- A new European Economic and Social Committee (EESC) study shows consumers are more likely to buy products that last longer if lifetime information is clearly displayed on the label with illustrations. For instance suitcases and printers labeled as long-lasting would see increased sales of 128 % and 70% respectively, and smartphone sales would jump by 41%. Importance of the product lifetime guarantee increases in relation to how much consumers will spend, according to Waste Management World.
- EESC also argued that manufacturers should be required to bear the recycling costs of products that last less than five years, creating incentive to manufacture more sustainable products.
- EESC recommended that the European Commission draft legislation on planned obsolescence, and that the industry develop voluntary certification programs.
Europeans have made it clear that they see limited value in products that quickly become obsolete, and they want to be informed of a product's longevity.
"What this first European study shows...is that the issue of planned obsolescence is not so much due to obsolescence being planned as it is due to consumers not having enough information about products’ lifespan," said Thierry Libaert of EESC, as reported in Waste Management World. "Putting consumers at the center of things by improving the information they have about the products they buy is important in terms of the economy, society and the environment, as well as being a key catalyst for restoring business confidence."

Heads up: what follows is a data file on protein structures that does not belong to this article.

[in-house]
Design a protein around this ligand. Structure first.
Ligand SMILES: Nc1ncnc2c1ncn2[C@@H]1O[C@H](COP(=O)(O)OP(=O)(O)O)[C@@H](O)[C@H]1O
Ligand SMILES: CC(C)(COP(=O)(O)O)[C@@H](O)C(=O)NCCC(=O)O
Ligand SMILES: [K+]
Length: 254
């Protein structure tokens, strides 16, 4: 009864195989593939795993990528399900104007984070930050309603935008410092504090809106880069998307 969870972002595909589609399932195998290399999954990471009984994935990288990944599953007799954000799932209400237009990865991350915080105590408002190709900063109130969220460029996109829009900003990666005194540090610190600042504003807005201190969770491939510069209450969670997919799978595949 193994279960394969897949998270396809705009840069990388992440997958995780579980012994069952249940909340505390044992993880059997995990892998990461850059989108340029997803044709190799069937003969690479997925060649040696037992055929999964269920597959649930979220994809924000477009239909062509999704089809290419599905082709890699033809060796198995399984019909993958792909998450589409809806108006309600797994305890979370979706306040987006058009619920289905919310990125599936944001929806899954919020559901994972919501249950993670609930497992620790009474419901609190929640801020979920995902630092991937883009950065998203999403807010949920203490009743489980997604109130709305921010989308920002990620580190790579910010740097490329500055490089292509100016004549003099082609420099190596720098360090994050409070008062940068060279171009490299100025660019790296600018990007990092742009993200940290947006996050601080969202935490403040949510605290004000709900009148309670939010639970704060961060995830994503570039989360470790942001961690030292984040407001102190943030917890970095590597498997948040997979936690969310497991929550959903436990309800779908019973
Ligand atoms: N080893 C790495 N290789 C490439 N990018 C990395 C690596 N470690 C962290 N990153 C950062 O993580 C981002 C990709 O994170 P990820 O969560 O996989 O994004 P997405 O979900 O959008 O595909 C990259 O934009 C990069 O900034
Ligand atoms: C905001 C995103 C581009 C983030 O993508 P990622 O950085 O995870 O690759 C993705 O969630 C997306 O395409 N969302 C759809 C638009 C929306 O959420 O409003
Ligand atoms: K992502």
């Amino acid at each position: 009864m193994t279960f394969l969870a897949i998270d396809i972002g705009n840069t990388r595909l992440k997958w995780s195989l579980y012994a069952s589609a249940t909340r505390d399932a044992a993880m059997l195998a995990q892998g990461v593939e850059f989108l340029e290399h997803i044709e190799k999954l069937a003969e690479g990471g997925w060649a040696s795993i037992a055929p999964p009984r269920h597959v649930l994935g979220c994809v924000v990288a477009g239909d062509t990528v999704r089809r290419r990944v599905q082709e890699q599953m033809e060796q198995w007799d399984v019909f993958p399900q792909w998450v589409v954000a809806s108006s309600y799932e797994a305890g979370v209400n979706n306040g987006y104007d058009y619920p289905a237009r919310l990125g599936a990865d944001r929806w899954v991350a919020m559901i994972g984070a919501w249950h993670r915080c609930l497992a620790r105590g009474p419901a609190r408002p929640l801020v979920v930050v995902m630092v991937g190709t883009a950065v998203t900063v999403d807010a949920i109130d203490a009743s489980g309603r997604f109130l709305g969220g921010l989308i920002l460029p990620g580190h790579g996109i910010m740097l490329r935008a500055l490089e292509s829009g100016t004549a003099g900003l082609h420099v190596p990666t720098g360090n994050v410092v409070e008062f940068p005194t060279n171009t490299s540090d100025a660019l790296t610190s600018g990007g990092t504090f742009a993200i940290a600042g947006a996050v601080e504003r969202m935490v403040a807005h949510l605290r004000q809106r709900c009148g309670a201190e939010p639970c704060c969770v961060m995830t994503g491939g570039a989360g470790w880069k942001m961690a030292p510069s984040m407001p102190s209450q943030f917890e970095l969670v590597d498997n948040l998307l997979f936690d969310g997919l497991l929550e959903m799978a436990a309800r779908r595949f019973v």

An average of 80% of consumers also want manufacturers to take responsibility for driving a trend away from obsolescence. The EESC took the concept of putting responsibility on the manufacturers further by stating they be responsible for recycling. Several states in the US, including Hawaii, have already taken steps to get manufacturers to recycle their short-lived products.
But the EESC believes it’s not just manufacturers who need to get involved.
"The time has come for interoperability between all industrial and digital stakeholders, enabling the relationship between producers, distributors, and consumers to be as beneficial as possible. An economic strategy based on knowledge, dialogue, and action will enable local and innovative jobs to be created in Europe," said Jean-Pierre Haber of EESC, as reported in Waste Management World.